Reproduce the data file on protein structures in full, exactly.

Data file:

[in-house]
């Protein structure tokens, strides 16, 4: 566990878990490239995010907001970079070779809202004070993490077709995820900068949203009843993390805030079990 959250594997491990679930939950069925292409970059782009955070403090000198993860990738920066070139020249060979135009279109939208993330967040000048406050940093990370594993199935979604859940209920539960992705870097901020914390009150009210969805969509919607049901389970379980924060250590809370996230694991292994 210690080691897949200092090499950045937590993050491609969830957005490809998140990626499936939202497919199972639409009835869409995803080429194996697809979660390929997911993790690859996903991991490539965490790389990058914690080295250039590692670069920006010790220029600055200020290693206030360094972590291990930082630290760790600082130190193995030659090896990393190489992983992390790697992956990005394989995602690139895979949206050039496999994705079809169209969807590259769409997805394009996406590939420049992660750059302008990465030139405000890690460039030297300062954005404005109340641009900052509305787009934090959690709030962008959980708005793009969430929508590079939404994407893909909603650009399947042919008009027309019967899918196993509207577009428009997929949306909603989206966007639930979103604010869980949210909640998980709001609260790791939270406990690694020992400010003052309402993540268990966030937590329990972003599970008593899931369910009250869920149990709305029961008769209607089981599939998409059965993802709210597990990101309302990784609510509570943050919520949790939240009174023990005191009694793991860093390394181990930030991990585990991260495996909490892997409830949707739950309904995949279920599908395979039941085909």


[in-house]
């Protein structure tokens, strides 16, 4: 566990878990490239995010907001970079070779809202004070993490077709995820900068949203009843993390805030079990 959250594997491990679930939950069925292409970059782009955070403090000198993860990738920066070139020249060979135009279109939208993330967040000048406050940093990370594993199935979604859940209920539960992705870097901020914390009150009210969805969509919607049901389970379980924060250590809370996230694991292994 210690080691897949200092090499950045937590993050491609969830957005490809998140990626499936939202497919199972639409009835869409995803080429194996697809979660390929997911993790690859996903991991490539965490790389990058914690080295250039590692670069920006010790220029600055200020290693206030360094972590291990930082630290760790600082130190193995030659090896990393190489992983992390790697992956990005394989995602690139895979949206050039496999994705079809169209969807590259769409997805394009996406590939420049992660750059302008990465030139405000890690460039030297300062954005404005109340641009900052509305787009934090959690709030962008959980708005793009969430929508590079939404994407893909909603650009399947042919008009027309019967899918196993509207577009428009997929949306909603989206966007639930979103604010869980949210909640998980709001609260790791939270406990690694020992400010003052309402993540268990966030937590329990972003599970008593899931369910009250869920149990709305029961008769209607089981599939998409059965993802709210597990990101309302990784609510509570943050919520949790939240009174023990005191009694793991860093390394181990930030991990585990991260495996909490892997409830949707739950309904995949279920599908395979039941085909």